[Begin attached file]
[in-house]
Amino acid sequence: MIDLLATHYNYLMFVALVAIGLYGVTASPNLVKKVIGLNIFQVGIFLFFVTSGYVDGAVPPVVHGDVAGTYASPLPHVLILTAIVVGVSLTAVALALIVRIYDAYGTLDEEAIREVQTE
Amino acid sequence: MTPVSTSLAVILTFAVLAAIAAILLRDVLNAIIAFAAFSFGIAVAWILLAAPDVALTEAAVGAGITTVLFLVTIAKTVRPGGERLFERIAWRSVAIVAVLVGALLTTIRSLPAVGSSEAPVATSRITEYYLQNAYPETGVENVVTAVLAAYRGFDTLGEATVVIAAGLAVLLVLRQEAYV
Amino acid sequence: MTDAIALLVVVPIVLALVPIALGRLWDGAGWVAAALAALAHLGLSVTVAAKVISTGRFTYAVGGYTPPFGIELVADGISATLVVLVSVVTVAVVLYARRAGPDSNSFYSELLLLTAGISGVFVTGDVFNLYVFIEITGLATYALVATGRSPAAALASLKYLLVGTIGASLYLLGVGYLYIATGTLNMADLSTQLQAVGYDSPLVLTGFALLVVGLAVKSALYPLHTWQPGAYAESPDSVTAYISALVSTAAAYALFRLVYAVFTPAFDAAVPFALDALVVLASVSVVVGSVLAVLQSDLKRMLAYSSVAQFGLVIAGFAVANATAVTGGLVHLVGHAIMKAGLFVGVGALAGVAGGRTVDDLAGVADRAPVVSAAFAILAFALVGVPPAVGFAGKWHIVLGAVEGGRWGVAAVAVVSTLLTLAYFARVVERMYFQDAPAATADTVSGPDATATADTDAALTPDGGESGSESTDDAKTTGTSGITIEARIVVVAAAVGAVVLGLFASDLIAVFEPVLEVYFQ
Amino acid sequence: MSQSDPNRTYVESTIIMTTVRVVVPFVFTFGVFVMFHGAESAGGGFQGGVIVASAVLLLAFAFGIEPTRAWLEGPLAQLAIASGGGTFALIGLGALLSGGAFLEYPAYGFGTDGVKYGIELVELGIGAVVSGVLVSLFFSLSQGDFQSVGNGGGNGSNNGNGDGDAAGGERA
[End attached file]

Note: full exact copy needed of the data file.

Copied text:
[in-house]
Amino acid sequence: MIDLLATHYNYLMFVALVAIGLYGVTASPNLVKKVIGLNIFQVGIFLFFVTSGYVDGAVPPVVHGDVAGTYASPLPHVLILTAIVVGVSLTAVALALIVRIYDAYGTLDEEAIREVQTE
Amino acid sequence: MTPVSTSLAVILTFAVLAAIAAILLRDVLNAIIAFAAFSFGIAVAWILLAAPDVALTEAAVGAGITTVLFLVTIAKTVRPGGERLFERIAWRSVAIVAVLVGALLTTIRSLPAVGSSEAPVATSRITEYYLQNAYPETGVENVVTAVLAAYRGFDTLGEATVVIAAGLAVLLVLRQEAYV
Amino acid sequence: MTDAIALLVVVPIVLALVPIALGRLWDGAGWVAAALAALAHLGLSVTVAAKVISTGRFTYAVGGYTPPFGIELVADGISATLVVLVSVVTVAVVLYARRAGPDSNSFYSELLLLTAGISGVFVTGDVFNLYVFIEITGLATYALVATGRSPAAALASLKYLLVGTIGASLYLLGVGYLYIATGTLNMADLSTQLQAVGYDSPLVLTGFALLVVGLAVKSALYPLHTWQPGAYAESPDSVTAYISALVSTAAAYALFRLVYAVFTPAFDAAVPFALDALVVLASVSVVVGSVLAVLQSDLKRMLAYSSVAQFGLVIAGFAVANATAVTGGLVHLVGHAIMKAGLFVGVGALAGVAGGRTVDDLAGVADRAPVVSAAFAILAFALVGVPPAVGFAGKWHIVLGAVEGGRWGVAAVAVVSTLLTLAYFARVVERMYFQDAPAATADTVSGPDATATADTDAALTPDGGESGSESTDDAKTTGTSGITIEARIVVVAAAVGAVVLGLFASDLIAVFEPVLEVYFQ
Amino acid sequence: MSQSDPNRTYVESTIIMTTVRVVVPFVFTFGVFVMFHGAESAGGGFQGGVIVASAVLLLAFAFGIEPTRAWLEGPLAQLAIASGGGTFALIGLGALLSGGAFLEYPAYGFGTDGVKYGIELVELGIGAVVSGVLVSLFFSLSQGDFQSVGNGGGNGSNNGNGDGDAAGGERA